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April 18, 2007
auto used as scope
Hi!

There is inconsistency in the usage of 'auto', where it actually behaves as 'scope'. According to users of #d this might be because auto comes from scope. I would like to understand why the dtor is and is not called in the following cases, and the reasoning for having it that way.

import std.stdio;

class Foo {
   this() {
       writef("0");
   }

   ~this() {
       writef("1");
   }
}

int main() {
   try {
       scope(failure) writef("4");
       scope(exit) writef("2");
       auto Foo f = new Foo();
       throw new Exception("msg");
       scope(exit) writef("9");
       scope(success) writef("8");
       scope(failure) writef("7");
   }
   catch (Exception e)
       writef("%s", e.toString);

   writefln();

   try {
       scope(failure) writef("4");
       scope(exit) writef("2");
       Foo f = new Foo();
       throw new Exception("msg");
       scope(exit) writef("9");
       scope(success) writef("8");
       scope(failure) writef("7");
   }
   catch (Exception e)
       writef("%s", e.toString);

   writefln();

   try {
       scope(failure) writef("4");
       scope(exit) writef("2");
       auto Foo = new Foo();
       throw new Exception("msg");
       scope(exit) writef("9");
       scope(success) writef("8");
       scope(failure) writef("7");
   }
   catch (Exception e)
       writef("%s", e.toString);

   writefln();

   return 0;
}

Output:
0124msg
024msg
024msg

The spec page for this is here:
http://www.digitalmars.com/d/statement.html#ScopeGuardStatement
"If any auto instances are to be destructed upon the close of the scope, they also are interleaved with the ScopeGuardStatements in the reverse lexical order in which they appear."
April 18, 2007
Re: auto used as scope
Martin Persenius wrote:
> Hi!
> 
> There is inconsistency in the usage of 'auto', where it actually behaves as 'scope'. According to users of #d this might be because auto comes from scope. I would like to understand why the dtor is and is not called in the following cases, and the reasoning for having it that way.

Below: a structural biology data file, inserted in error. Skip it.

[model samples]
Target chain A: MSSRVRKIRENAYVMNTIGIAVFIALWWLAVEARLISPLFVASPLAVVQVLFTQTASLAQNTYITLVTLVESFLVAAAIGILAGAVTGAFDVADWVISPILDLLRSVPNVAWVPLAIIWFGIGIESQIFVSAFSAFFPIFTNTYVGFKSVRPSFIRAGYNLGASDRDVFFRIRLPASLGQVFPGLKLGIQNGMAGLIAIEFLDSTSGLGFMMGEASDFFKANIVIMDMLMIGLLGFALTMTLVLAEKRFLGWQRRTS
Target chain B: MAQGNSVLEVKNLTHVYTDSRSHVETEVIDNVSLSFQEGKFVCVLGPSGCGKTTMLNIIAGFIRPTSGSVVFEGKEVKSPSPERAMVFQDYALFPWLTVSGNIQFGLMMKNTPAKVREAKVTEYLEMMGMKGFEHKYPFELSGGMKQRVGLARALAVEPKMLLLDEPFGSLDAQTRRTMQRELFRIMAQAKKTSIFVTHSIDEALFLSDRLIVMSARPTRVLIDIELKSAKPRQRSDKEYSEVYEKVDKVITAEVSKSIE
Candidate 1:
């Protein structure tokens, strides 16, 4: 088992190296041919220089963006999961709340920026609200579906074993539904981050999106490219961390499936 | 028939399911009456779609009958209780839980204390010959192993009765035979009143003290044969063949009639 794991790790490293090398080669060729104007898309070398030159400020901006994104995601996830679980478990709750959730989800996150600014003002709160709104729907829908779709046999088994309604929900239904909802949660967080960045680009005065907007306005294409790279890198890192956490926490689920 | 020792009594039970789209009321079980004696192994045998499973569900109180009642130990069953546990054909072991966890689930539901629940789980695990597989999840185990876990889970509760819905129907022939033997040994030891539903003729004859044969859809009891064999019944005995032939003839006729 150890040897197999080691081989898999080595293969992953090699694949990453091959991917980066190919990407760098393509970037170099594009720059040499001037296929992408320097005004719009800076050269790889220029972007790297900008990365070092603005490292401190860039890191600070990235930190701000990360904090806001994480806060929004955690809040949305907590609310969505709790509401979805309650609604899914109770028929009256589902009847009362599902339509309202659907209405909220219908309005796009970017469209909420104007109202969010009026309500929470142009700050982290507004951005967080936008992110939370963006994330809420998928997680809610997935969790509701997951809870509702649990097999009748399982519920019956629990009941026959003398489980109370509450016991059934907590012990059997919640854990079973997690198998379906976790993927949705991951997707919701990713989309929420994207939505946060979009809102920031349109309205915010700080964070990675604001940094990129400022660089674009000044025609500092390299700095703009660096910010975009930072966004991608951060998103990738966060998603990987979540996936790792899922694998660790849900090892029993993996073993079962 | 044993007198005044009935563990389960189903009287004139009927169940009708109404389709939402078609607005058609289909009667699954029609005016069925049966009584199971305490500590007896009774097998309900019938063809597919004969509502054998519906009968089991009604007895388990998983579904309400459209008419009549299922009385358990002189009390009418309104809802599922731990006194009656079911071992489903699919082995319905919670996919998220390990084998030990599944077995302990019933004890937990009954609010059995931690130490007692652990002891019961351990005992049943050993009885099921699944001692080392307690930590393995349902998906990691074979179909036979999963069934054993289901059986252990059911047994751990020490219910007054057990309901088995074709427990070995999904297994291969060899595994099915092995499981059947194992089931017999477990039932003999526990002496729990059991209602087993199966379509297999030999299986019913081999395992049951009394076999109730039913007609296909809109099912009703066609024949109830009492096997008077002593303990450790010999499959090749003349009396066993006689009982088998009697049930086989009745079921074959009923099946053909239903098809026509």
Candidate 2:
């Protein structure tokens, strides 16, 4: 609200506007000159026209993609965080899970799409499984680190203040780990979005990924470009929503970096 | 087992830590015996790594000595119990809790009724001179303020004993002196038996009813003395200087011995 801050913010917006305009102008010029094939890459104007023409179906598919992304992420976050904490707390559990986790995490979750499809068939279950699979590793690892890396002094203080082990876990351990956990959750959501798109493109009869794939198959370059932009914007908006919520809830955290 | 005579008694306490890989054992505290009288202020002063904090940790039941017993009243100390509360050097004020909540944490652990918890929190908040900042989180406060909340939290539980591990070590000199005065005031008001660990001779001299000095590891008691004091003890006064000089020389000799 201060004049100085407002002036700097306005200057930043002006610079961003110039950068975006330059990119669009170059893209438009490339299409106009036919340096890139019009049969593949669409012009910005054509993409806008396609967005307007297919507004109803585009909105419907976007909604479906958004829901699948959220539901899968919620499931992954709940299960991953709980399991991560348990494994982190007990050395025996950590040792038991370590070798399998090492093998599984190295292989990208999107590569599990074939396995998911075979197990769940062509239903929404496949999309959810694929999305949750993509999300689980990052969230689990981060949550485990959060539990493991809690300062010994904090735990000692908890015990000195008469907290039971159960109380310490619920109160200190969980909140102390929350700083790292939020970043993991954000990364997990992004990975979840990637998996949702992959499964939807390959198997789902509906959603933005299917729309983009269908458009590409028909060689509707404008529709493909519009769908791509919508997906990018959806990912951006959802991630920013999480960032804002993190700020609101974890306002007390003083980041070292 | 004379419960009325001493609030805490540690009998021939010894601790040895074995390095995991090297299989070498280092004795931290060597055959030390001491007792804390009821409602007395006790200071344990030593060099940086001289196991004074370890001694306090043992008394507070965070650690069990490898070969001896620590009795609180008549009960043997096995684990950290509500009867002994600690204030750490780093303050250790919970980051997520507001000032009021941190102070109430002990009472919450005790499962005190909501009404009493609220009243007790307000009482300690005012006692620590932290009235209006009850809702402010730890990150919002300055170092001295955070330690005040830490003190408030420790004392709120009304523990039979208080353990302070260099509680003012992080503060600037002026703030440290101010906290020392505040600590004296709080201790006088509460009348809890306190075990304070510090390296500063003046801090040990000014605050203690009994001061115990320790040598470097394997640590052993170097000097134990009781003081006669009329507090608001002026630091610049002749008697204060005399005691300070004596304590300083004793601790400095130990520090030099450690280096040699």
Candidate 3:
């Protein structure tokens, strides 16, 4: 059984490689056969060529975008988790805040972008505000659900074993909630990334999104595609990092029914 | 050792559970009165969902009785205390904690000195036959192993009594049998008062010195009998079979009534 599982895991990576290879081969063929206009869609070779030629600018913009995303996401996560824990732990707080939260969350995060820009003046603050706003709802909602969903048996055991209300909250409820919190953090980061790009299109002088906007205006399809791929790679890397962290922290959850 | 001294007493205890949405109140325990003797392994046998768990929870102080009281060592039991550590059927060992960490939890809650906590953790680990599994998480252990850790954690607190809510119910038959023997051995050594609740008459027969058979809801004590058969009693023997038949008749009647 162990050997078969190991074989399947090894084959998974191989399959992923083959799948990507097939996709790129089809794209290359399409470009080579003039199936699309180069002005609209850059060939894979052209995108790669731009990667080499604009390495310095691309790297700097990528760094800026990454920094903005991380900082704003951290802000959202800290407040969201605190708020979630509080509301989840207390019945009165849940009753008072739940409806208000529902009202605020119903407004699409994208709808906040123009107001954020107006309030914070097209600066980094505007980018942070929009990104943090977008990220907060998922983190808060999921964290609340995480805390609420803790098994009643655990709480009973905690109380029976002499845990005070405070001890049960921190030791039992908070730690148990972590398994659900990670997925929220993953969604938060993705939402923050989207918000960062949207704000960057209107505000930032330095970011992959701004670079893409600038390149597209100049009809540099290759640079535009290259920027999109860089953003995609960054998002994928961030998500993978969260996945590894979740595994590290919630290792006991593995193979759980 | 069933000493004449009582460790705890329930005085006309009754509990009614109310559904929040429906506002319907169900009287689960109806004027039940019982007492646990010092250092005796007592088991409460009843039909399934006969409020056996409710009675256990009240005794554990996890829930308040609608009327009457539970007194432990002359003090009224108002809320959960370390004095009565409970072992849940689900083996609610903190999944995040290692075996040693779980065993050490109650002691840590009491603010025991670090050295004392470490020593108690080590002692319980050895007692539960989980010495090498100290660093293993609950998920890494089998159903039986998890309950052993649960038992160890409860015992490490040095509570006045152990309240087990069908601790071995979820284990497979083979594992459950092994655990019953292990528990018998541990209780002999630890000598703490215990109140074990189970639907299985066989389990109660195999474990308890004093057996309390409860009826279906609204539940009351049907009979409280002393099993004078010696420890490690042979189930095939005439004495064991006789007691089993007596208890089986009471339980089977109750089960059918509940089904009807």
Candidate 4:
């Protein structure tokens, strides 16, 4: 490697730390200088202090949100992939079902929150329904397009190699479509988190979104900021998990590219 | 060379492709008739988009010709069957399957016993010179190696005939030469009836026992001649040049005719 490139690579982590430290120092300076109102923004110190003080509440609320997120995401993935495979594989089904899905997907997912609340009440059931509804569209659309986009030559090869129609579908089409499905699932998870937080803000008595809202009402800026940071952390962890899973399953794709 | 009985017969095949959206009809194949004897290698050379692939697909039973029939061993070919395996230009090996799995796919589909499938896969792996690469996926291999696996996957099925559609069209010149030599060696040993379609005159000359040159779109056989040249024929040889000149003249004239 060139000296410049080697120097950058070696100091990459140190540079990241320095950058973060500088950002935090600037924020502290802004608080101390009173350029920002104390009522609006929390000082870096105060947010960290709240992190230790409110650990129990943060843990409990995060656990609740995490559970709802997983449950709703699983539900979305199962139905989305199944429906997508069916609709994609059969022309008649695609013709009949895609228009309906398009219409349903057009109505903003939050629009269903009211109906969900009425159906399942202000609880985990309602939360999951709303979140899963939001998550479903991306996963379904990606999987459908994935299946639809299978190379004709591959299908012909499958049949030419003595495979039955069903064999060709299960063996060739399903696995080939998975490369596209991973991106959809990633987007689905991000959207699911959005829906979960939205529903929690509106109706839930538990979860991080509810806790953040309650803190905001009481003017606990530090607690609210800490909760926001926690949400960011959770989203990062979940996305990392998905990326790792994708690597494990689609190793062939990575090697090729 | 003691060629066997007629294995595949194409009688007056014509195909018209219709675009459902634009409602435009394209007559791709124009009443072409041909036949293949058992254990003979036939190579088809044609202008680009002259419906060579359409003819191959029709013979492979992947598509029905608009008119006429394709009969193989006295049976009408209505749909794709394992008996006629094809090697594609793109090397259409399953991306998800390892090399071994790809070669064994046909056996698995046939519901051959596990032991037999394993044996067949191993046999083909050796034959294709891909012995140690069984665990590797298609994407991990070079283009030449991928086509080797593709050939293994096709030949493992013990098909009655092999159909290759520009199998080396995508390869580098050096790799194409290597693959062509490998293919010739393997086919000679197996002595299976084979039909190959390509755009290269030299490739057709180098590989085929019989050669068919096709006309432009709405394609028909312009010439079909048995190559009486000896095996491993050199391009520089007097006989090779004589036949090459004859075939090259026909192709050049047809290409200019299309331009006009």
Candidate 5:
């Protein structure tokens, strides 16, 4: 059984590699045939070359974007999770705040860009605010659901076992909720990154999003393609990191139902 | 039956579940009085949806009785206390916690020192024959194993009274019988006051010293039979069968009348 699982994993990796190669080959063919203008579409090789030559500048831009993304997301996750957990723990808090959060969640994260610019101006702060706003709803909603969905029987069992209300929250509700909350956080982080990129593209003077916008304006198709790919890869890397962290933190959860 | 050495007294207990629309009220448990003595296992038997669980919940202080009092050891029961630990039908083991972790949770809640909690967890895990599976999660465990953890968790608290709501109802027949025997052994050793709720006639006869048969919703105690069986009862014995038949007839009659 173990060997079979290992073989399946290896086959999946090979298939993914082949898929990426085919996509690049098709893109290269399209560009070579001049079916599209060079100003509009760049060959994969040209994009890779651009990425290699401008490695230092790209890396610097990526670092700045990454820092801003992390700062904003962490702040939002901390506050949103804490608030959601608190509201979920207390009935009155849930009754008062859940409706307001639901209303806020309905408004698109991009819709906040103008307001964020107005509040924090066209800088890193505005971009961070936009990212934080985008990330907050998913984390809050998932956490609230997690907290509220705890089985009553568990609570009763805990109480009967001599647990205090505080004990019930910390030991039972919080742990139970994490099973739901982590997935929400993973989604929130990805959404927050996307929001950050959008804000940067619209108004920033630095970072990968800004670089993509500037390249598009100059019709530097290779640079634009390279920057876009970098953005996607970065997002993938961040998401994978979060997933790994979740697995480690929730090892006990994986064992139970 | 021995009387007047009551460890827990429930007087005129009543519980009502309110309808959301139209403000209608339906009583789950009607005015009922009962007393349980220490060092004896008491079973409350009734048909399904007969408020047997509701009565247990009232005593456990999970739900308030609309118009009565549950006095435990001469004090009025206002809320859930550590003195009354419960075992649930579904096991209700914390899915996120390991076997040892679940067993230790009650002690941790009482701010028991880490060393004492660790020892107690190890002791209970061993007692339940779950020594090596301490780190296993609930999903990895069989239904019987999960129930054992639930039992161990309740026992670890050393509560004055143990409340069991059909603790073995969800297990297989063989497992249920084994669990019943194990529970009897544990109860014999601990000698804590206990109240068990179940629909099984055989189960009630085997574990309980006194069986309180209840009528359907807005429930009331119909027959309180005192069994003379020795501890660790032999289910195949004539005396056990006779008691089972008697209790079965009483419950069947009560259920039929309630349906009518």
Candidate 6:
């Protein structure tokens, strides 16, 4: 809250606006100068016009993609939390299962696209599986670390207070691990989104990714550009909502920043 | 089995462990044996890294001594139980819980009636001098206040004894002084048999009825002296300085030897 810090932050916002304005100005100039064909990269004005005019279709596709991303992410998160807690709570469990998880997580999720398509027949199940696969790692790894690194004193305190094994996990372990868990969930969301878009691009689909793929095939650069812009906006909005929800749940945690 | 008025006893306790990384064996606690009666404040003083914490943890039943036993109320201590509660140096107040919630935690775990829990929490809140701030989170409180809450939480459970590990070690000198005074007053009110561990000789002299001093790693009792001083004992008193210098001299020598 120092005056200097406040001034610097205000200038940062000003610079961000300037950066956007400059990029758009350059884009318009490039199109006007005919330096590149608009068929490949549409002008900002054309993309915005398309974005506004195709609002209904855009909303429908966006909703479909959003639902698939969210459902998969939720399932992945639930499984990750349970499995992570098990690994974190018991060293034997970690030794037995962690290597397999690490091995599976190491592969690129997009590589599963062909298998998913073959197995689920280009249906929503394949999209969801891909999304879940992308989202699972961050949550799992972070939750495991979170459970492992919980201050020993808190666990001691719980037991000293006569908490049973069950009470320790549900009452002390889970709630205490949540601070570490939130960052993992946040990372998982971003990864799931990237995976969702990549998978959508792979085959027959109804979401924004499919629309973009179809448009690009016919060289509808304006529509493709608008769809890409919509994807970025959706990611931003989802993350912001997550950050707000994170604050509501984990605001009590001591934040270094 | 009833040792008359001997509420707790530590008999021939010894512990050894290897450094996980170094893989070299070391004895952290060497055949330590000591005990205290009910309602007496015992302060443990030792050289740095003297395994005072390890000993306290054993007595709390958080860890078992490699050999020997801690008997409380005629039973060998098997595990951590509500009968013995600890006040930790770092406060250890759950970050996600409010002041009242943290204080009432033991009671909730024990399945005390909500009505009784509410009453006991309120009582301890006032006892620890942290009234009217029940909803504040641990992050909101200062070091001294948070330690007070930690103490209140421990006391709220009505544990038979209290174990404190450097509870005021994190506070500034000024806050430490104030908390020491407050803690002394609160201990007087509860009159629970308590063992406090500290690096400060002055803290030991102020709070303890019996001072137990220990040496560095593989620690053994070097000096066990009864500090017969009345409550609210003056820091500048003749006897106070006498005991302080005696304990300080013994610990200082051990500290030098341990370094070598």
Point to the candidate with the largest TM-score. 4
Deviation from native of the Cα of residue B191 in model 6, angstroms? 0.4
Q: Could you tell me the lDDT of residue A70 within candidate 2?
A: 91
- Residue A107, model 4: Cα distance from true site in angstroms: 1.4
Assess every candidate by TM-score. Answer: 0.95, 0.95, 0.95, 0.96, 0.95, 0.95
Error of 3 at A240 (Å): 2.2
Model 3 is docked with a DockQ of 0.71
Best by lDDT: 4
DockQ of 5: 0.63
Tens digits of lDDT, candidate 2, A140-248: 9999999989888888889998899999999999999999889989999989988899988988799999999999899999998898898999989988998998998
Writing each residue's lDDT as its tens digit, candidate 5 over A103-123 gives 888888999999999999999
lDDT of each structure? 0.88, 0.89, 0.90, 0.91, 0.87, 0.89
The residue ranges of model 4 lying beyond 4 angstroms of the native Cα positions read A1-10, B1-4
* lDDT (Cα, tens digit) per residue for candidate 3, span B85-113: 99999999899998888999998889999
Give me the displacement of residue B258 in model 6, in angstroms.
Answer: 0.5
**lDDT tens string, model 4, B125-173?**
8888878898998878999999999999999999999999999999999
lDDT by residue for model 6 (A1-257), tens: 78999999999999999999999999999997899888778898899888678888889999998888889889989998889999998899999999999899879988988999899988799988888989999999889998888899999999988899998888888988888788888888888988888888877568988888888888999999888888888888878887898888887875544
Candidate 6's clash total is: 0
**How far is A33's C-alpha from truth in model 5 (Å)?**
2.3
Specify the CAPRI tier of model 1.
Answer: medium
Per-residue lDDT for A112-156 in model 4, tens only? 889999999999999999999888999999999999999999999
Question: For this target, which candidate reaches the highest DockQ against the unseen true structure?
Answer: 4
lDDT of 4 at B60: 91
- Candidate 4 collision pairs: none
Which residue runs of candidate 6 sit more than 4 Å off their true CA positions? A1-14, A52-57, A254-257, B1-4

> 
> import std.stdio;
> 
> class Foo {
>     this() {
>         writef("0");
>     }
> 
>     ~this() {
>         writef("1");
>     }
> }
> 
> int main() {
>     try {
>         scope(failure) writef("4");
>         scope(exit) writef("2");
>         auto Foo f = new Foo();
>         throw new Exception("msg");

Perhaps the writef does some allocation that will detect the 
disappearance of any pointer to your Foo, thus collecting the object and 
running its dtor? It sounds probable, the first time writef is run it 
could allocate some buffer.

L.
April 18, 2007
Re: auto used as scope
Martin Persenius wrote

>         auto Foo = new Foo();

You have redefined Foo to be a variable name.

http://www.digitalmars.com/webnews/newsgroups.php?
art_group=digitalmars.D&article_id=43970

-manfred
April 21, 2007
Re: auto used as scope
Manfred Nowak Wrote:

> Martin Persenius wrote
> 
> >         auto Foo = new Foo();
> 
> You have redefined Foo to be a variable name.
> 
> http://www.digitalmars.com/webnews/newsgroups.php?
> art_group=digitalmars.D&article_id=43970
> 
> -manfred

Right, thank you. But what is the rationale behind making the first case call the dtor as if "auto [classname] [variablename]" was using 'scope'? The others, including the quoted example, do not, This is inconsistent and non-intuitive. Just want to understand.
April 21, 2007
Re: auto used as scope
Martin Persenius Wrote:

> Right, thank you. But what is the rationale behind making the first case call the dtor as if "auto [classname] [variablename]" was using 'scope'? The others, including the quoted example, do not, This is inconsistent and non-intuitive. Just want to understand.

I think it means that:

'auto' - the type is automatically detected.
'scope' - the data is stored on the stack, and will be lost with the scope.
April 21, 2007
Re: auto used as scope
Martin Persenius wrote

> as if "auto [classname] [variablename]" was using 'scope'?

Look into the docs please. Seems that this usage of "auto" will be 
deprecated soon and replaced by "scope".

-manfred
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